The study included 1531 patients who underwent laser ablation for 1534 nodules. A total of 83% of the nodules were treated with a single session of laser ablation, 13% required two sessions and 3% required 3 sessions. The average reduction in nodule volume at 12 months was 72%. There were no changes in thyroid function at 12 months. Local symptoms attributed to the nodules generally improved, as did the cosmetic appearance.
There were 17 complications, 8 major and 9 minor; none were life-threatening. A total of 8 patients had voice changes immediately after the session and laryngoscopy showed the vocal-cords not working correctly. All were treated with steroids and recovered completely. The minor complications included bruising and skin burns. About 30% of patients experienced pain, often radiating to the jaw or shoulder that disappeared when the laser was turned off. Persistent moderate or severe pain was reported in about 2%; this disappeared within 3 days. A total of 12 patients (0.7%) fainted and 141 patients (3.3%) had fever that lasted up to 3 days.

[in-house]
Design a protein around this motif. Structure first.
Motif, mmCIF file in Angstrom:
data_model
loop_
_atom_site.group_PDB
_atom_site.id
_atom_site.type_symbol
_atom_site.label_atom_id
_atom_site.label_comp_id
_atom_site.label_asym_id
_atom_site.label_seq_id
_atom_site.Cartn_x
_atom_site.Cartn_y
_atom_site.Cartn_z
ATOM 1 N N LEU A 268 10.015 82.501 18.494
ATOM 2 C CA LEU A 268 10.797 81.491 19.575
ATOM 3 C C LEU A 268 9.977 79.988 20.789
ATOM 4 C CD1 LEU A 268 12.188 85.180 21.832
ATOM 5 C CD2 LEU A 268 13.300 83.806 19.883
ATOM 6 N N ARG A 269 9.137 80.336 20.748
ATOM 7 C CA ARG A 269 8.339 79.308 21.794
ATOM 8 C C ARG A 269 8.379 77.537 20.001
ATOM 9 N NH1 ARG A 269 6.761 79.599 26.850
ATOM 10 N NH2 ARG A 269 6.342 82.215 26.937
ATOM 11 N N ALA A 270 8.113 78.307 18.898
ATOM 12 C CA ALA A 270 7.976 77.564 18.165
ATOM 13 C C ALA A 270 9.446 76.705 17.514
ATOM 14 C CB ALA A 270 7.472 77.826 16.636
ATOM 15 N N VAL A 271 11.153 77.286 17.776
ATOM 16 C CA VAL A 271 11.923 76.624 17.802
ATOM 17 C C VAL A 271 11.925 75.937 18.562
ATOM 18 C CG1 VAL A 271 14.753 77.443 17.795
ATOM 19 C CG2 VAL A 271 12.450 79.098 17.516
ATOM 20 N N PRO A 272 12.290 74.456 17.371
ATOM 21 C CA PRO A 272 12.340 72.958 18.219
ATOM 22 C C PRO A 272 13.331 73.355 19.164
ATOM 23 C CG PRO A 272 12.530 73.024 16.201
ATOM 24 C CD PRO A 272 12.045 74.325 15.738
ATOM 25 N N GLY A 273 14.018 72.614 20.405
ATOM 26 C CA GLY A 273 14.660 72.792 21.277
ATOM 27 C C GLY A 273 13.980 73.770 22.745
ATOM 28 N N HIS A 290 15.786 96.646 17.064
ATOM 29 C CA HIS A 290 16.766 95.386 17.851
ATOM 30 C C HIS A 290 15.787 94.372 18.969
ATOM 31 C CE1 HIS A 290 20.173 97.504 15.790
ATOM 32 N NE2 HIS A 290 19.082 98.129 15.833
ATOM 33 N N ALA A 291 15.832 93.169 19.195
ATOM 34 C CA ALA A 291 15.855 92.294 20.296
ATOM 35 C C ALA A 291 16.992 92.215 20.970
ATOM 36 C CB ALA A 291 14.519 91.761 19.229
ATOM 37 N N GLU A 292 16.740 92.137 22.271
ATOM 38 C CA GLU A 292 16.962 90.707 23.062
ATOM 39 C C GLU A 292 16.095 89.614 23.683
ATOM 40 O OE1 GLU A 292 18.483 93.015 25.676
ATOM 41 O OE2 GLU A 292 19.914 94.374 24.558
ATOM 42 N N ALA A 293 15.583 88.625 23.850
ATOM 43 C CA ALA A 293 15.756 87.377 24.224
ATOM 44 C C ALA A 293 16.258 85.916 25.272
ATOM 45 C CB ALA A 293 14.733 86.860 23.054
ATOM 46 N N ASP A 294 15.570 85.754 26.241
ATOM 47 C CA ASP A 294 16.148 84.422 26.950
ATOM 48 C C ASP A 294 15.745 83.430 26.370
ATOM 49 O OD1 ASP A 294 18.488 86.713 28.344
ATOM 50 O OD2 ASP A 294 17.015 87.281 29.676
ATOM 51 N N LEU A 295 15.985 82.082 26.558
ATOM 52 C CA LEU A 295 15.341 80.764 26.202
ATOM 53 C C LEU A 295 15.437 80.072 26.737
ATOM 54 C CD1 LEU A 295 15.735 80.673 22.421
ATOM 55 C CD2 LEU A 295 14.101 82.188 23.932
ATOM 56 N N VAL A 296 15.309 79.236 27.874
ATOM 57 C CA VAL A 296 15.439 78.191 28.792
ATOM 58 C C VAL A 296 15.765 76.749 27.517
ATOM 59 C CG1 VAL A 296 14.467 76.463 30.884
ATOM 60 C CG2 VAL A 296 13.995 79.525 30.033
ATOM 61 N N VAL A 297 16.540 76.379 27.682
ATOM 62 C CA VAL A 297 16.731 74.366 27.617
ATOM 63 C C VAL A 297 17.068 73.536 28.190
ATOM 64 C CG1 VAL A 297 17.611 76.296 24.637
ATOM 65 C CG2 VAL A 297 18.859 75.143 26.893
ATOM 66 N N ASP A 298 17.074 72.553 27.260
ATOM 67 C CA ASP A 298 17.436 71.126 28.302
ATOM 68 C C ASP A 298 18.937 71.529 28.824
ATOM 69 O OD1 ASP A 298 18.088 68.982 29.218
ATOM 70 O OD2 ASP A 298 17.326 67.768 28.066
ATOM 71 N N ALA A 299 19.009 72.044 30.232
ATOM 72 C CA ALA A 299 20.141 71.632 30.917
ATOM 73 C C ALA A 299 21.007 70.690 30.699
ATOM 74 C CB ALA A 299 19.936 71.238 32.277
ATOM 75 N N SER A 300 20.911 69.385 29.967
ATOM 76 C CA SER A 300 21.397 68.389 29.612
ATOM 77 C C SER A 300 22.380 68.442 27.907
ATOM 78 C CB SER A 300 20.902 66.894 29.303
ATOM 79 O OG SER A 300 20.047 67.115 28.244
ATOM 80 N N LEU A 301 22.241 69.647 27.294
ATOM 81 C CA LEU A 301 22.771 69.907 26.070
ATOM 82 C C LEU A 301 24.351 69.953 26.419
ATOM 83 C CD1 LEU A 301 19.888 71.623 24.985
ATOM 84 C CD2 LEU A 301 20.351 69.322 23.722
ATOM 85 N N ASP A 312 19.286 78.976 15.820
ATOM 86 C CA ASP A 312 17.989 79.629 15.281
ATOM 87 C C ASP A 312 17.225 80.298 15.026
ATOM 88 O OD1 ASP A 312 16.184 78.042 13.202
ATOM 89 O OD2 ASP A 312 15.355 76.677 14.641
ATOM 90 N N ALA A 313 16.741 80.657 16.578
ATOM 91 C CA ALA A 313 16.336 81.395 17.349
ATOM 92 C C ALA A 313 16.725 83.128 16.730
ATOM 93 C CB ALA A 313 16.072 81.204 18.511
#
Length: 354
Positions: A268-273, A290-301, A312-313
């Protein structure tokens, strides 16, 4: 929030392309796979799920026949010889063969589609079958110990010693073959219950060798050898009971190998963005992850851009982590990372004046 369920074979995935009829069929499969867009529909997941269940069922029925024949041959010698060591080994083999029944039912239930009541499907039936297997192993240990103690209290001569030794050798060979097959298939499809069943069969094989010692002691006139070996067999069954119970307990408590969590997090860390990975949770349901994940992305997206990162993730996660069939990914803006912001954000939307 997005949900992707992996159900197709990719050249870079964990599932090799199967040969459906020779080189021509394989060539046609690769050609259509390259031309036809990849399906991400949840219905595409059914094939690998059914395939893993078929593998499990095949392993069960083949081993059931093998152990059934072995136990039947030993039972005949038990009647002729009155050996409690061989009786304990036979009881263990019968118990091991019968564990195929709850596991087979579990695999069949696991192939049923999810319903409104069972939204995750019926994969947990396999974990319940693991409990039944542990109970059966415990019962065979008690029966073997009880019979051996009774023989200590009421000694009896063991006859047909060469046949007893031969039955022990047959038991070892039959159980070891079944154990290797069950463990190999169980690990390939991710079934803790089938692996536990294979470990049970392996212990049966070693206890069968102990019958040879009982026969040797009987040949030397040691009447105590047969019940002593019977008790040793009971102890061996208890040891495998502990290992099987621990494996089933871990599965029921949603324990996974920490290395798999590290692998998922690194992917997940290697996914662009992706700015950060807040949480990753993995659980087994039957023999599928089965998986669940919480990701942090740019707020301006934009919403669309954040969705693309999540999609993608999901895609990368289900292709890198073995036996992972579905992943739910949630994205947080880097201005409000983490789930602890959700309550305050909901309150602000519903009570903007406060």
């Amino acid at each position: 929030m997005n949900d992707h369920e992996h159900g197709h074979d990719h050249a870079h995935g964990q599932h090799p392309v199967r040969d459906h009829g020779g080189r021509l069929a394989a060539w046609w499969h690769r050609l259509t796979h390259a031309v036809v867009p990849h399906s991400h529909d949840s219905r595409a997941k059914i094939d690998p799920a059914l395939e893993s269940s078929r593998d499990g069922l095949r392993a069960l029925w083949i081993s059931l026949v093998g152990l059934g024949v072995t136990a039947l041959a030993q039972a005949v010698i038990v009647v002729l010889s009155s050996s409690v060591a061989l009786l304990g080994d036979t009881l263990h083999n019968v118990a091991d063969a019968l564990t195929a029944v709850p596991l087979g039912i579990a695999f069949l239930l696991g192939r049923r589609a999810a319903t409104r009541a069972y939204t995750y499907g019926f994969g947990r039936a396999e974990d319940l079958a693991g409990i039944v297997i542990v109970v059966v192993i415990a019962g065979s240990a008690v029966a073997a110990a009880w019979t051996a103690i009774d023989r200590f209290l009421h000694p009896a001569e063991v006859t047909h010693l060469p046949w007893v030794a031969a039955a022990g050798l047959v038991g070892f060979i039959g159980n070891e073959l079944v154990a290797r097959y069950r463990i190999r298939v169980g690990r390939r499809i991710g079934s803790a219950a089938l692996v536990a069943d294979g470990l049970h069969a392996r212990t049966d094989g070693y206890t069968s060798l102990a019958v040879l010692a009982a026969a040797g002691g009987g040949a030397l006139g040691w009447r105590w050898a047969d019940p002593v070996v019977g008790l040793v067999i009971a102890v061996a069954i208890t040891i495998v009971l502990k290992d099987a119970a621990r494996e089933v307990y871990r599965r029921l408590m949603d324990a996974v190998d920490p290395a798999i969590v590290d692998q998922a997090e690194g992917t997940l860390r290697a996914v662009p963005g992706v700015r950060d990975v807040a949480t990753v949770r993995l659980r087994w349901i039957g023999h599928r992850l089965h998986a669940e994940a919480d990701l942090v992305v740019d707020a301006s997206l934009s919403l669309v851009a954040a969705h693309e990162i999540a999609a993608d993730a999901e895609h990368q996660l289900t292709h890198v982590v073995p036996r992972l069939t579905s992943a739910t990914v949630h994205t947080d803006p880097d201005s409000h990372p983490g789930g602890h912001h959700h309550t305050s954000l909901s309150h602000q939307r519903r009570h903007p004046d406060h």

According to this study, laser ablation therapy of benign nodules is effective, reproducible, and generally well tolerated and has a low risk of major complications.
WHAT ARE THE IMPLICATIONS OF THIS STUDY?
This is an interesting technique that is not widely used in the United States. It is important that the centers reporting their data all had at least 2 years of experience with the procedure, which probably contributed to the low number of complications reported. The major complication was temporary vocal-cord paralysis in almost 1% of patients. Also 1 in 3 patients experienced pain with the procedure. Depending on the cost associated with the technique and whether it is easy for physicians to perform, this could potentially become a more common treatment option for benign thyroid nodules.
— Ronald B. Kuppersmith, MD, FACS
ATA THYROID BROCHURE LINKS
Thyroid Nodules: http://www.thyroid.org/thyroid-nodules/